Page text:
We emerging artists and arts leaders need to honor that balance by saying no, even when our gut reaction is yes. It’s a skill that will become increasingly important as we become leaders of our field. We– I– need to trust that opportunities will continue to come, and giving 100% to the projects we take on is more important than spreading ourselves too thin by trying to take on the world.

Random Bunneh Photo #2: Eeyore Flop

That's my girl.

LA’s Art Deserves Great Criticism

Originally written in 2009 for graduate school coursework.

Within a week, the LA Weekly got rid of Steven Leigh Morris’ position as Theatre Editor and the Daily Breeze laid off Jim Farber, their arts & theater critic. These are huge losses for the Los Angeles cultural community; however, like many others on the LACN & BCT listservs and commenting on the Times coverage of the layoffs, I’m feeling powerless to do anything about it. The LA Weekly is a free publication and I don’t get the Daily Breeze, so I can’t cancel my subscription to either publication. There’s a movement for arts organizations to cancel their advertising in the LA Weekly, which seems to be pretty much our only recourse for this devastating loss of two longtime patrons & friends to the arts community.

When I’m not working for Arts for LA, I’m working for Circle X Theatre Company, one of the 99-seaters that owes much of its continued success to Morris’ intelligent reviews. He was one of the few critics who approached each of our shows with knowledge of the company’s production history and mission. Throughout the years, he critiqued us when we strayed from our mission and applauded our successes, all with tremendous wit and understanding of the 99-seat community and contemporary theatre in general.

Who will critique our work? Who will guide people to the good stuff and point out the differences between showcase theatre and artistically substantive offerings? Who will keep us honest, give us feedback, know & appreciate the differences among Open Fist, Sacred Fools, Theatre of NOTE, Circle X, Evidence Room and all of the other small theatre companies, and write with the 20 years of knowledge that Steven has? We know a lot depends on how a play is reviewed: good reviews = get audiences and break even, bad reviews = no audiences, no money. It’s a simple formula that will become even more tenuous as we lose our best reviewers to the poor economy.

Last May, I posted the following article about the need for a strong, educated group of arts critics in Los Angeles. It’s still getting daily hits, so I thought I’d re-post it here– especially as it seems sadly relevant given the loss of Morris and Farber.

I end the article with this sentence: “Educated critics result in educated patrons. When Los Angeleans and visitors can trust our art critics to give an intelligent, informed opinion, guiding us to the good and weeding out the bad, we can begin building LA’s reputation as a nationally recognized center for arts and culture.” It didn’t cross my mind that less than a year later we’d be losing two of the city’s best critics, with more layoffs imminent. As an arts advocate and a theatre administrator, I’m wondering what we can do as an arts community to speak out against these cuts and/or find an alternative venue for arts criticism. If anyone has ideas or suggestions, please leave them in the comments.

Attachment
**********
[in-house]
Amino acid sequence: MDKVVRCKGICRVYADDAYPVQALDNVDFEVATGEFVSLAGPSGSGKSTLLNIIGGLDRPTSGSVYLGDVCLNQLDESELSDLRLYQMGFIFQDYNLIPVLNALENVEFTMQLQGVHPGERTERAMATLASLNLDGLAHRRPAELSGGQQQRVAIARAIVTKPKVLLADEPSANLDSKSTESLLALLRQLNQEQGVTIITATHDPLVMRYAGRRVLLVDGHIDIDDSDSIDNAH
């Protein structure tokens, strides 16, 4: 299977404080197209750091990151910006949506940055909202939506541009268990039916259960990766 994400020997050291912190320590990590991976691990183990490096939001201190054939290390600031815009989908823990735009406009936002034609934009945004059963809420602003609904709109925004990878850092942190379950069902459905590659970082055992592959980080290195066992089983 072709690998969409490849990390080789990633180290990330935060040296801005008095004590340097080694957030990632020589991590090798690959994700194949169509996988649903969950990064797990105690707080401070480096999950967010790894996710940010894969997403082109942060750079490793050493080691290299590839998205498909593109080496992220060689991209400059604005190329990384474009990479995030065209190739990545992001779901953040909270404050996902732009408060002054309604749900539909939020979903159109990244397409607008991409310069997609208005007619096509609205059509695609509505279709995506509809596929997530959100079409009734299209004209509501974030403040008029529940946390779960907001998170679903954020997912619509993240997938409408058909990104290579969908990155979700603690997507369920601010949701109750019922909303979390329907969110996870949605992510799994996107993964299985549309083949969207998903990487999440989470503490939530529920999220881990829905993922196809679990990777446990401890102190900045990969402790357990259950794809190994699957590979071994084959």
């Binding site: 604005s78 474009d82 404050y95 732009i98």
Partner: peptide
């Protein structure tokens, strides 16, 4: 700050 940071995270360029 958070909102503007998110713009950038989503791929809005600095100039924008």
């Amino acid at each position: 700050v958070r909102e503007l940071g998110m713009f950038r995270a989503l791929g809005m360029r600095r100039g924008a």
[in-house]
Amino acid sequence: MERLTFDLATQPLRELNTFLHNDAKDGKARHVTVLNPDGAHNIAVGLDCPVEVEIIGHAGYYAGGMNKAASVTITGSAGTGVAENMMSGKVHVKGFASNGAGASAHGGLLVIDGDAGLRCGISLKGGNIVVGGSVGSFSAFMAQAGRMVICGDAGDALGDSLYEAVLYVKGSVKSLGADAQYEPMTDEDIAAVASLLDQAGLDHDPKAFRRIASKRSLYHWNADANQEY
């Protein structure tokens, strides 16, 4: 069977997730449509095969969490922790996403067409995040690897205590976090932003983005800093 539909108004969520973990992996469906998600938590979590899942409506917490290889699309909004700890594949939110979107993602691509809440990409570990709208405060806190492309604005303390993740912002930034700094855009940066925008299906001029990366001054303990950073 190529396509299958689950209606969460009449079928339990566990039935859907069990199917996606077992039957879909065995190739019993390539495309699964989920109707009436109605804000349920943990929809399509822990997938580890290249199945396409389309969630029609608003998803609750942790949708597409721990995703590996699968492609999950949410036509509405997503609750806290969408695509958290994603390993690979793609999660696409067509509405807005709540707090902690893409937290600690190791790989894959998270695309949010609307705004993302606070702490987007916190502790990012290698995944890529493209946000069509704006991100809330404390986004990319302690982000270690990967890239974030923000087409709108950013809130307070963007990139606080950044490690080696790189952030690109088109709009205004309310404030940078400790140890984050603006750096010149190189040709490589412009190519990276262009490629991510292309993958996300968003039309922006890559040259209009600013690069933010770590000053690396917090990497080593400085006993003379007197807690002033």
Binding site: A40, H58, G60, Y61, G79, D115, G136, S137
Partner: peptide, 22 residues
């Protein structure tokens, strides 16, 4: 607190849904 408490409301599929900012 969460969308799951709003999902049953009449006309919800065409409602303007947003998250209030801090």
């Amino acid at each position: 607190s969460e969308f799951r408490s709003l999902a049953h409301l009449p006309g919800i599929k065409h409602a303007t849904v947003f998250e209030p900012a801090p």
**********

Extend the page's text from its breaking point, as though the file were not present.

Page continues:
The elimination of the full-time dance coverage position at the LA Times generated healthy discussion within the LA theatre community about the inconsistency of our own coverage. Big Cheap Theatre, a Yahoo! Group for theatres in the 99-Seat Equity Waiver community, became the forum for lively debate about local critics and their reviews. Some members bemoaned reviewers’ tendencies to indulge in snarkfests for first-run shows at small theatres, arguing criticism should take into account the size of the company and whether or not the play is a work-in-progress.

However–as others were quick to point out–quality is not proportional to budget. As theatre producers, we can’t expect an audience member to think, “This is excruciatingly boring, plotless, and aesthetically insipid, and these folding chairs are really physically uncomfortable; however, this company clearly has no money, so I’ll forgive them.” A bad play is a bad play. A small theatre producing trash shouldn’t be producing anything at all.
A more legitimate complaint addressed in the BCT forum was the general inconsistency of review quality among the LA publications. Although LA is home to a handful of outstanding critics such as Charles McNulty, Terry Morgan and Steven Leigh Morris, the overall quality of local criticism is offset by the many amateur, inept or petty reviewers writing for both large and small publications throughout the city. As theatre managers, we pray we’ll be assigned a “good critic” instead of someone who will either write a plot outline resembling an eighth-grade book report or an indecisive, poorly informed article betraying their limited understanding of theatre as an art form separate from television and film. While critics like Morris, McNulty and Morgan ground their reviews in a deep understanding of the theatre field, connecting each review to a larger discussion of contemporary performance on a citywide and national scale, many local critics seem to lack a basic knowledge of contemporary theatre. According to one BCT member, a reviewer commented on his company’s decision to mount a play as a musical when the play was written to be a musical and did not exist in any other form. While this anecdote represents an extreme example of critical ignorance, the theatre community cited countless reviews betraying critics’ insufficient knowledge of theatre on the local and national levels.